(B) If the process is an expansion, then the system after expansion takes up more space than the system before expansion. It takes more energy to create a larger system. Therefore all things being equal, we might be inclined to think we have to use some of the system's energy to increase its volume. Yes, this would be the case with some types of expansions. In the event the system is insulated from its surroundings (adiabatic process), the energy would come from the moving particles - and therefore their velocity, temperature and internal energy would all drop. However, if the system is NOT insulated, then the environment and the system can achieve thermal equilibrium. And what happens is that while it does take energy to effect the expansion, this energy can be supplied by the environment rather than system. If you want to think of it as a sequential process, you could imagine that the system expands, which causes the particles in the system to slow (and lose energy/temperature), but then heat from the environment will spontaneously flow back into the system to compensate. In effect, therefore, it costs no energy to bring about the expansion: whatever is lost to create the volume needed to bring about the expansion, is paid back by the environment. Insofar as enthalpy is a type of thermodynamic potential, the only thing that determines whether an isothermal process will happen spontaneously is the entropy, because the enthalpy change is a wash.

(As far as the equation goes, I think it's important to realize that when the system expands, the environment changes as well. If the system is insulated, then while the temperature of the system decreases (volume expanding), the temperature of the environment must be increasing (volume shrinking). If the system is NOT insulated, then the temperature of the system and surroundings are in equilibrium and unchanging - at least on long timescales. The volume of the system increases (and its pressure decreases - because temperature is constant) but the volume of surroundings decreases (and its pressure increases - again because the temperature is constant). Since both systems are ideal, then the volume / pressure changes of the system match exactly the volume / pressure changes of the surroundings. Therefore while it might be tempting to view this all as unfair from the environment's point of view - it has to supply energy to help the system expand - you might also realize that the environment is losing volume, which is itself a sort of energy (enthalpy) gain, since it took energy to occupy that extra volume. So another way to view it might be that the energy it takes for the system to gain volume is paid for the by the energy savings the environment makes by losing volume. It should be easy then to see, at least in a conceptual way, how PdV and VdP exactly cancel out in an isothermal expansion - that is, a situation that allows free energy flow between the system and the surroundings. PdV and VdP cancel out, so that the enthalpy change for an isothermal process is zero. Of course, this all presumes that both the system and the environment behave ideally. Do note that this is sort of the conceptual understanding I've formulated for myself over the years. There may be better ways to visualize these things, so alternative opinions/explanations are welcome.)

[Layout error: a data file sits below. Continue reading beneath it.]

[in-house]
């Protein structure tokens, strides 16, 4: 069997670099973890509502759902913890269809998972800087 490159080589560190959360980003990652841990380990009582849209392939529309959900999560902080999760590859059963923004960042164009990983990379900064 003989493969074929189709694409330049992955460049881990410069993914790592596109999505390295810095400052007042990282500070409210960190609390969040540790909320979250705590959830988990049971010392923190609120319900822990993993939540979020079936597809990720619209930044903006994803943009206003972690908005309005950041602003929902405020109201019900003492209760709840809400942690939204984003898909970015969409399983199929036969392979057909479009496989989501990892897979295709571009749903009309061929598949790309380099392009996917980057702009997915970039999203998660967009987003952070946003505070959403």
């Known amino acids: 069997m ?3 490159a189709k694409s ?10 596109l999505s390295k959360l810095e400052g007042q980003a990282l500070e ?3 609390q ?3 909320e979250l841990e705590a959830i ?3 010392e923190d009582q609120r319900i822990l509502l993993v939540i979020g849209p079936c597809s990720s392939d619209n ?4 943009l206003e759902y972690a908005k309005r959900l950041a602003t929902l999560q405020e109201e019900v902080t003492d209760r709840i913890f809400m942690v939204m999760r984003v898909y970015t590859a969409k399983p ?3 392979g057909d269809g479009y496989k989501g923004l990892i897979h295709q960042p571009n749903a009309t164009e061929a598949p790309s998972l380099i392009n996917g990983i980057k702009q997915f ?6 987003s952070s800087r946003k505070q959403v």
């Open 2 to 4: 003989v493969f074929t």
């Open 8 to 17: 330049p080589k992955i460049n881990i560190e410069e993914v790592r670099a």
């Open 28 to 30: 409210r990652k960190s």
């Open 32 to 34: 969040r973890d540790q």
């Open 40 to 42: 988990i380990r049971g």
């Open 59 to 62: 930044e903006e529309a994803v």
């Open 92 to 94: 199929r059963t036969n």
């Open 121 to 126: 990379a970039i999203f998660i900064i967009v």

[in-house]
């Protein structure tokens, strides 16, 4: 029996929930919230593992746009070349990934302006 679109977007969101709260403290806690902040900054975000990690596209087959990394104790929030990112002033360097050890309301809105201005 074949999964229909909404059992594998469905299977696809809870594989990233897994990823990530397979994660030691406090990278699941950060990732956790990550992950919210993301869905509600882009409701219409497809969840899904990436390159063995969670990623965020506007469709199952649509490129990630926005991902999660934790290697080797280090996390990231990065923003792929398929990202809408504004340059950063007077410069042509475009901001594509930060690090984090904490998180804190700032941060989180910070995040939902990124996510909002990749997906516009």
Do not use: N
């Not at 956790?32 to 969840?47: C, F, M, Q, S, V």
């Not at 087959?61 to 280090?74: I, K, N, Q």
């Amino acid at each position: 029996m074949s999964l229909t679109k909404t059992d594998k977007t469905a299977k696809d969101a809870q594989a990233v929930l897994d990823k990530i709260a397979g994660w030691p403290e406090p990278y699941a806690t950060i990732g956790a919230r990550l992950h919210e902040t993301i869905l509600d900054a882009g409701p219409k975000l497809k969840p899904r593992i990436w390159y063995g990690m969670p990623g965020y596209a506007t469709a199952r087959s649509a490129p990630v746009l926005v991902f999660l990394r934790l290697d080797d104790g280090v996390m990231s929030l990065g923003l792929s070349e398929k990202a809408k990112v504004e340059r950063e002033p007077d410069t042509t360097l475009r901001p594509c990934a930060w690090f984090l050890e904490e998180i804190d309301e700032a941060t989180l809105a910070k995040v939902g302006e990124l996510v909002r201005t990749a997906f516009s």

What men are poets who can speak of Jupiter if he were like a man, but if he is an immense spinning sphere of methane and ammonia must be silent?  - Richard P. Feynman

#### orthoformate

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##### Re: Isothermal enthalpy
« Reply #2 on: August 17, 2015, 07:49:29 PM »
Thank you, that was helpful. The math makes perfect sense now
As for the physical understanding, I think the picture will get clearer and clearer with time...I hope